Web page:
• Three weeks: weaned

(B142, B147)

Litter size
Time between Litters / Litters per year --
Lactation / Milk Production --
Sexual Maturity
  • Minimum 2-3 months for spring born, females by 10g, males by 20g, but for autumn born individuals not until following spring (B142).
  • Two months (B147).
  • Few to more than one year (B142).

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Natural Diet

  • Seeds, green plants, fruits, fungi, invertebrates (e.g. caterpillars, centipedes, various arthropods and their larvae, worms).
  • Exceptionally, vertebrates such as frogs.


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Detailed Physiology Notes
(Summary information provided for pertinent species-specific data cross-referenced in Wildpro)

Temperature --
Pulse --
Respiration --
Faeces --
Haematology / Biochemistry --
Chromosomes --
Other --

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Feeding Behaviour

  • Store food such as seeds, nuts, invertebrates in burrows.


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Parental Behaviour


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Social Behaviour / Territoriality

  • May be formation of groups in autumn/winter.
  • Size of home ranges varies
  • Usually less than 0.5 hectares
  • Males' home ranges generally larger than females'.
  • Overlap of home ranges between and within sexes
  • Less aggressive than wood mice.
  • Residents aggressive towards transients.


Inter-specific --

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Sexual Behaviour

  • May be polygynous or promiscuous (B142).

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Predation in Wild


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Activity Patterns

  • May climb trees more than wood mice.
  • Both sexes move, with up to 1200m movement recorded.
  • Spend much time within extensive burrow systems.


Circadian Nocturnal (B226)

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Habitat and Range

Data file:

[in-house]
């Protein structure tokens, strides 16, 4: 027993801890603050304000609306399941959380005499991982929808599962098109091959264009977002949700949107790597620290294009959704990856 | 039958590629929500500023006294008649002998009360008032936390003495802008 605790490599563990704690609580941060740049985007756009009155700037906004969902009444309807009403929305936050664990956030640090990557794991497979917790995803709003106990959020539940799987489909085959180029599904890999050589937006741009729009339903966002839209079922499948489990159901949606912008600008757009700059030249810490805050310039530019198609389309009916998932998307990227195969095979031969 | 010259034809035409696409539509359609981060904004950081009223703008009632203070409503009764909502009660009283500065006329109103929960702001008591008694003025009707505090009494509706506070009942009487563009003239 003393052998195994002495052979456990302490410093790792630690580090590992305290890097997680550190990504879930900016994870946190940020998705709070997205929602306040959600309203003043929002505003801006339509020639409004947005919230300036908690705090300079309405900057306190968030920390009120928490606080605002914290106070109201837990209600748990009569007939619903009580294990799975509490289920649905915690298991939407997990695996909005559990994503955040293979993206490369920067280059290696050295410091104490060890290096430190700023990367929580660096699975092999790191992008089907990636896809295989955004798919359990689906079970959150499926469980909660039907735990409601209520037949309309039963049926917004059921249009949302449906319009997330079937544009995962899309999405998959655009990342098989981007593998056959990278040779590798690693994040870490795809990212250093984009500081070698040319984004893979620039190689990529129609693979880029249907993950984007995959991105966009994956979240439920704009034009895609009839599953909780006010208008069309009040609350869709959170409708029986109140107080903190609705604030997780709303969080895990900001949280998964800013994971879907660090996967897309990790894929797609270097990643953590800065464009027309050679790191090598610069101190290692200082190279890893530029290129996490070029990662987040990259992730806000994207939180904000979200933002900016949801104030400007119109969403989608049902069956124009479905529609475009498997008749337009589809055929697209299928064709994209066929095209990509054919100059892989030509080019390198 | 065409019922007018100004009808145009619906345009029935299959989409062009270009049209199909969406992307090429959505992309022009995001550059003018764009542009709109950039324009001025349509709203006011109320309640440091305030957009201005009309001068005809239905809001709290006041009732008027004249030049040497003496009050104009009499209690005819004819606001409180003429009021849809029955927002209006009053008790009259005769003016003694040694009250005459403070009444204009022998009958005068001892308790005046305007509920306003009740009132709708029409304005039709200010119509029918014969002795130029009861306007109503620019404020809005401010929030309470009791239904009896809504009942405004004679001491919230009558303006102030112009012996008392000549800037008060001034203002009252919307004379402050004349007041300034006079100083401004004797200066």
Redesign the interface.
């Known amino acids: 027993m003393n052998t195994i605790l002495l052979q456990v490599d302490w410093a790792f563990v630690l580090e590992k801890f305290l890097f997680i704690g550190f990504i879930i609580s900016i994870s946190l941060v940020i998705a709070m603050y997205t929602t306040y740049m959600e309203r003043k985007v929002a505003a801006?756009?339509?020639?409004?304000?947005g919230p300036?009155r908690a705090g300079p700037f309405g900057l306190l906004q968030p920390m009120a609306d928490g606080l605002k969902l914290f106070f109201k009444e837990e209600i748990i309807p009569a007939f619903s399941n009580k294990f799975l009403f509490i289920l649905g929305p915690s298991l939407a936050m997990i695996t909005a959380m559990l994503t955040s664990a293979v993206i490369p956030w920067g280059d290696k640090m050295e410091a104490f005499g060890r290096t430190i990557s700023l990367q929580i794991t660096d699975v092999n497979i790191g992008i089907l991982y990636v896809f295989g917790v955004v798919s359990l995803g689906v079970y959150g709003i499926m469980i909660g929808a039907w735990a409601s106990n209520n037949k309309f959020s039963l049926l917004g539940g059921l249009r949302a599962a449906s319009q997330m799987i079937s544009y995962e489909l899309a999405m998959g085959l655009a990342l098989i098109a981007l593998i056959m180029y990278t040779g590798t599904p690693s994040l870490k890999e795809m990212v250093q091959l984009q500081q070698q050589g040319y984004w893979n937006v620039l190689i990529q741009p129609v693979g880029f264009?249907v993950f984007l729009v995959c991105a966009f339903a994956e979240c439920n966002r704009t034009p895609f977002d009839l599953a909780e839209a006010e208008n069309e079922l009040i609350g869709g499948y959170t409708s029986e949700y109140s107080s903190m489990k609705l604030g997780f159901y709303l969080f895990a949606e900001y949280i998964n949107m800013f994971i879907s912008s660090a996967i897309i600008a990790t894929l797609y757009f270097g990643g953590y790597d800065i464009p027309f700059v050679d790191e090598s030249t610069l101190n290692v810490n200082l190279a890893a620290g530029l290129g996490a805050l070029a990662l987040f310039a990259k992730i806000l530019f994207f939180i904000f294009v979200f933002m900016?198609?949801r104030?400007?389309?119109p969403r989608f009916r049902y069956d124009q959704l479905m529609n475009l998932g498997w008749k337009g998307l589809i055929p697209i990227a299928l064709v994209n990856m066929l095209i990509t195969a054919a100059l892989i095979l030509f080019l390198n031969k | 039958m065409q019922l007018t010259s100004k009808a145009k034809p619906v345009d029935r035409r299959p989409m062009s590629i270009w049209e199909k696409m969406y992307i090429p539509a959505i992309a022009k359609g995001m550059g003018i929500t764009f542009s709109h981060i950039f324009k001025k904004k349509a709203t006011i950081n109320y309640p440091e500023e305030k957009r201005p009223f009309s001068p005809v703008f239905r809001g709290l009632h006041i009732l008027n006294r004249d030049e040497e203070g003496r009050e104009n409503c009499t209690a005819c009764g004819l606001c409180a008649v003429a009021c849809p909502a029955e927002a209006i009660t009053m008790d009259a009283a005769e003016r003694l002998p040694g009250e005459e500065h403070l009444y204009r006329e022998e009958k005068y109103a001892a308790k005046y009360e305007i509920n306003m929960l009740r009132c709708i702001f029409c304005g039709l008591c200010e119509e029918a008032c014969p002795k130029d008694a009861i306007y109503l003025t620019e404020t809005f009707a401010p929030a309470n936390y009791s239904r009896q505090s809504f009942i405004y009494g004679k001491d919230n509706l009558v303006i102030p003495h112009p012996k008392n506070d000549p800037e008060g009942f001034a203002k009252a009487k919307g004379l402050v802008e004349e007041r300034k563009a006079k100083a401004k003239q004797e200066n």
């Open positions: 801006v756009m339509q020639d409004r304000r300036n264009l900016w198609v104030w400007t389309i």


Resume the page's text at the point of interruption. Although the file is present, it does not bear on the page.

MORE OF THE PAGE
General Habitat Type

  • Mature deciduous woods, particularly drier areas, long-established woodlands (B142).
  • Also other deciduous forest, mixed forest, and (marginal habitats) hedges, rural gardens, rural buildings.

(B142, B143)

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Nests / Burrows / Shelters

  • Extensive burrow systems.
  • Mainly within 50cm of surface, but may descend to 150cm.
  • Nests: layers of leaves, mainly built in breeding season.
  • Females build more substantial nests than do males.
  • Several nests may be used by one mouse.


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Distribution and Movement (Migration etc.)

  • Western Palearctic including Europe and Near East (B143); Europe, Asia Minor (B51).
  • In Europe: range extends further north than for Apodemus sylvaticus - wood mouse. Reaches 64N in Finland and Sweden and range eastward to Urals. Not found western France, most of Iberian Peninsula. Found on some Adriatic and Aegean islands
  • In Britain: southern Britain.
  • Not found: Iceland, Ireland, Balearics, Sardinia, Corsica, Sicily, Cyprus.

(B51, B142, B143)

Occasional and Accidental --


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Intraspecific variation

Average size smaller in south and east, and chest (pectoral collar) may be incomplete (B143).

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Conservation Status

Wild Population -

In Britain: native, locally common, but probably declining in range and abundance in recent years. Pre-breeding population estimate of about 750,000, including 662,500 in England, 0 in Scotland, 87,500 in Wales. Population estimate was "based on a very limited amount of information for the species" although additional knowledge "may not necessarily have made a substantial difference to the estimate". (B221)

General Legislation --
CITES listing --
Red-data book listing --
Threats Habitat loss and fragmentation (particularly ancient woodlands) (B221).
Captive Populations --
Trade --